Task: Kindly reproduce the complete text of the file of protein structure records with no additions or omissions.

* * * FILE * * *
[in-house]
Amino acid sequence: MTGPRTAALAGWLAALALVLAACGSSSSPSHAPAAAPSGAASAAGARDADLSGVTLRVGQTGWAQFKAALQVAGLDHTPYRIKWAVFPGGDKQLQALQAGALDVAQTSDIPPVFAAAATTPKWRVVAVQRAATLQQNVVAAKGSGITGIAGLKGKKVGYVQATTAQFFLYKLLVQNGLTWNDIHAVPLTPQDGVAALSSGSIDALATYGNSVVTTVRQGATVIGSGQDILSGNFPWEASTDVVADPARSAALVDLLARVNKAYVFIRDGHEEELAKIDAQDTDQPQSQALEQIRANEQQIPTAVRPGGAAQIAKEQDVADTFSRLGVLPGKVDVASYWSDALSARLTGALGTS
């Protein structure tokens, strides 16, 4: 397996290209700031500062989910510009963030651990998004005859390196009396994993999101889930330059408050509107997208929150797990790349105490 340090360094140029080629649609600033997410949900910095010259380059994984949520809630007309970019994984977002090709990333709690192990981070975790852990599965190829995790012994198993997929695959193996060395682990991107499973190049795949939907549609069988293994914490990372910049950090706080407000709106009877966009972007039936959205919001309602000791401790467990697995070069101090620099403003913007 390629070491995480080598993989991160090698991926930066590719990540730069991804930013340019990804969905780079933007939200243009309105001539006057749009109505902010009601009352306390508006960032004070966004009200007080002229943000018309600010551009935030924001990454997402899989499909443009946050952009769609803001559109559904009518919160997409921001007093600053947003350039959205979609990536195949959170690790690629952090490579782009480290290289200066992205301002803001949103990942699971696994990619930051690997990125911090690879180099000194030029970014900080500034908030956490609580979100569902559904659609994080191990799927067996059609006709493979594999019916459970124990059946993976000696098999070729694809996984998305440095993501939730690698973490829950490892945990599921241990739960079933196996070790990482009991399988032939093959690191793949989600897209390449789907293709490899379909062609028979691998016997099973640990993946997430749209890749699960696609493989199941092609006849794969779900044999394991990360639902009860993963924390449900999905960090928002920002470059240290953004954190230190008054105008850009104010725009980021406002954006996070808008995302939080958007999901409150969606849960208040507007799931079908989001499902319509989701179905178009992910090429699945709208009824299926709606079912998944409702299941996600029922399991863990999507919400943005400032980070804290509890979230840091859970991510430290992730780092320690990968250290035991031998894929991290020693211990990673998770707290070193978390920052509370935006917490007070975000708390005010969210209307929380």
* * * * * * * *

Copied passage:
[in-house]
Amino acid sequence: MTGPRTAALAGWLAALALVLAACGSSSSPSHAPAAAPSGAASAAGARDADLSGVTLRVGQTGWAQFKAALQVAGLDHTPYRIKWAVFPGGDKQLQALQAGALDVAQTSDIPPVFAAAATTPKWRVVAVQRAATLQQNVVAAKGSGITGIAGLKGKKVGYVQATTAQFFLYKLLVQNGLTWNDIHAVPLTPQDGVAALSSGSIDALATYGNSVVTTVRQGATVIGSGQDILSGNFPWEASTDVVADPARSAALVDLLARVNKAYVFIRDGHEEELAKIDAQDTDQPQSQALEQIRANEQQIPTAVRPGGAAQIAKEQDVADTFSRLGVLPGKVDVASYWSDALSARLTGALGTS
């Protein structure tokens, strides 16, 4: 397996290209700031500062989910510009963030651990998004005859390196009396994993999101889930330059408050509107997208929150797990790349105490 340090360094140029080629649609600033997410949900910095010259380059994984949520809630007309970019994984977002090709990333709690192990981070975790852990599965190829995790012994198993997929695959193996060395682990991107499973190049795949939907549609069988293994914490990372910049950090706080407000709106009877966009972007039936959205919001309602000791401790467990697995070069101090620099403003913007 390629070491995480080598993989991160090698991926930066590719990540730069991804930013340019990804969905780079933007939200243009309105001539006057749009109505902010009601009352306390508006960032004070966004009200007080002229943000018309600010551009935030924001990454997402899989499909443009946050952009769609803001559109559904009518919160997409921001007093600053947003350039959205979609990536195949959170690790690629952090490579782009480290290289200066992205301002803001949103990942699971696994990619930051690997990125911090690879180099000194030029970014900080500034908030956490609580979100569902559904659609994080191990799927067996059609006709493979594999019916459970124990059946993976000696098999070729694809996984998305440095993501939730690698973490829950490892945990599921241990739960079933196996070790990482009991399988032939093959690191793949989600897209390449789907293709490899379909062609028979691998016997099973640990993946997430749209890749699960696609493989199941092609006849794969779900044999394991990360639902009860993963924390449900999905960090928002920002470059240290953004954190230190008054105008850009104010725009980021406002954006996070808008995302939080958007999901409150969606849960208040507007799931079908989001499902319509989701179905178009992910090429699945709208009824299926709606079912998944409702299941996600029922399991863990999507919400943005400032980070804290509890979230840091859970991510430290992730780092320690990968250290035991031998894929991290020693211990990673998770707290070193978390920052509370935006917490007070975000708390005010969210209307929380």